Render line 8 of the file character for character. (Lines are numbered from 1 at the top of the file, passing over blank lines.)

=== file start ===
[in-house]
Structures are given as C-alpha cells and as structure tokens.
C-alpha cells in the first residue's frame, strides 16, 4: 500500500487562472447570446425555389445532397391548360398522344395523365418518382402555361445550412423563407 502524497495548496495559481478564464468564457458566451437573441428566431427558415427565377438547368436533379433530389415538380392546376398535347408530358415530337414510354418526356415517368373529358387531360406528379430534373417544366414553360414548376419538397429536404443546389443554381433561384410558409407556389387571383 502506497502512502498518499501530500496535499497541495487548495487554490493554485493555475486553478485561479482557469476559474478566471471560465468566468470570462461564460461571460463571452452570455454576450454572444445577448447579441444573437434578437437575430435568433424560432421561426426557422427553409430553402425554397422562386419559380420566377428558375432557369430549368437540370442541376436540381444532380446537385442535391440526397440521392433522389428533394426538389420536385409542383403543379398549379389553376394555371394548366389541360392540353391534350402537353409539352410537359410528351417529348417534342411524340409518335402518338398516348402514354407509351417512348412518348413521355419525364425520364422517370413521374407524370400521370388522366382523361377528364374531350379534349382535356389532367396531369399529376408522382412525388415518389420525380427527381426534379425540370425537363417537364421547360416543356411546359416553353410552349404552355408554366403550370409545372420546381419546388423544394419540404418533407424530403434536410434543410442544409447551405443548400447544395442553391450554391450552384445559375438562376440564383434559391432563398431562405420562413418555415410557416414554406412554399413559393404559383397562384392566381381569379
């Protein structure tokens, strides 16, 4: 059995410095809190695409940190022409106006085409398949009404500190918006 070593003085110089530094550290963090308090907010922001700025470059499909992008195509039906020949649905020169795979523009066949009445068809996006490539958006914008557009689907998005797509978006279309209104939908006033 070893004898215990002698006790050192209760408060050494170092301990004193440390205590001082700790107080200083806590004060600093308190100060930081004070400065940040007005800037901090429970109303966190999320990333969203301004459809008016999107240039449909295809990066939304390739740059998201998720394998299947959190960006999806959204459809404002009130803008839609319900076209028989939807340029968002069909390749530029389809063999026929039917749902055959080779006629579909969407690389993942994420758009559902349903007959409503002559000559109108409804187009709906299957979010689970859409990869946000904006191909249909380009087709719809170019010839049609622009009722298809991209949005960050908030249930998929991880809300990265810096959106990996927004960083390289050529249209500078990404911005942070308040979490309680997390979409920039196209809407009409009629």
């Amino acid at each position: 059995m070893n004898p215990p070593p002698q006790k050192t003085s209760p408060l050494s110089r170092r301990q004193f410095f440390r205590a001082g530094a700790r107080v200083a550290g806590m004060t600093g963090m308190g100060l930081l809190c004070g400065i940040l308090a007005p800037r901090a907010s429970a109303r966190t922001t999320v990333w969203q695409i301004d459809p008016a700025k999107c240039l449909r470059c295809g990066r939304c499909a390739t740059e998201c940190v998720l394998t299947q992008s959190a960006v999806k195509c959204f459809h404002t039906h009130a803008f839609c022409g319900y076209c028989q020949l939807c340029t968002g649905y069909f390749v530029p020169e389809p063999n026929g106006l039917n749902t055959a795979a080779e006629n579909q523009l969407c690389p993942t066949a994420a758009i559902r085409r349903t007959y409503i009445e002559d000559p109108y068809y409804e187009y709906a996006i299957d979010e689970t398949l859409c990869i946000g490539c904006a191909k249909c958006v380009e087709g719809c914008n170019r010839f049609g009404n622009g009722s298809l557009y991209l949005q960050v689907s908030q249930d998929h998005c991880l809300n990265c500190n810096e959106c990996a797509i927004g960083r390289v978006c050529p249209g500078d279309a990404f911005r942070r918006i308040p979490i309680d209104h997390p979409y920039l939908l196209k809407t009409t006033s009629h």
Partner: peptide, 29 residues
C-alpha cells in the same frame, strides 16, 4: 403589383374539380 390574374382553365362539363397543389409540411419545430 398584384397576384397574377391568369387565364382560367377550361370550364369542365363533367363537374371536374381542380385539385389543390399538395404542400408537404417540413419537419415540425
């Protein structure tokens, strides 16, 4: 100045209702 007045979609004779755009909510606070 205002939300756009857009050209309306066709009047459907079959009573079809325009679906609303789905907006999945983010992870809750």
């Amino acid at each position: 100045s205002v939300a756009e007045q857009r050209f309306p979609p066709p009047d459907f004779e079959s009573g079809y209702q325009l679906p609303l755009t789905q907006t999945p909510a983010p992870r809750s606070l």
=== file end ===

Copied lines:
């Protein structure tokens, strides 16, 4: 100045209702 007045979609004779755009909510606070 205002939300756009857009050209309306066709009047459907079959009573079809325009679906609303789905907006999945983010992870809750």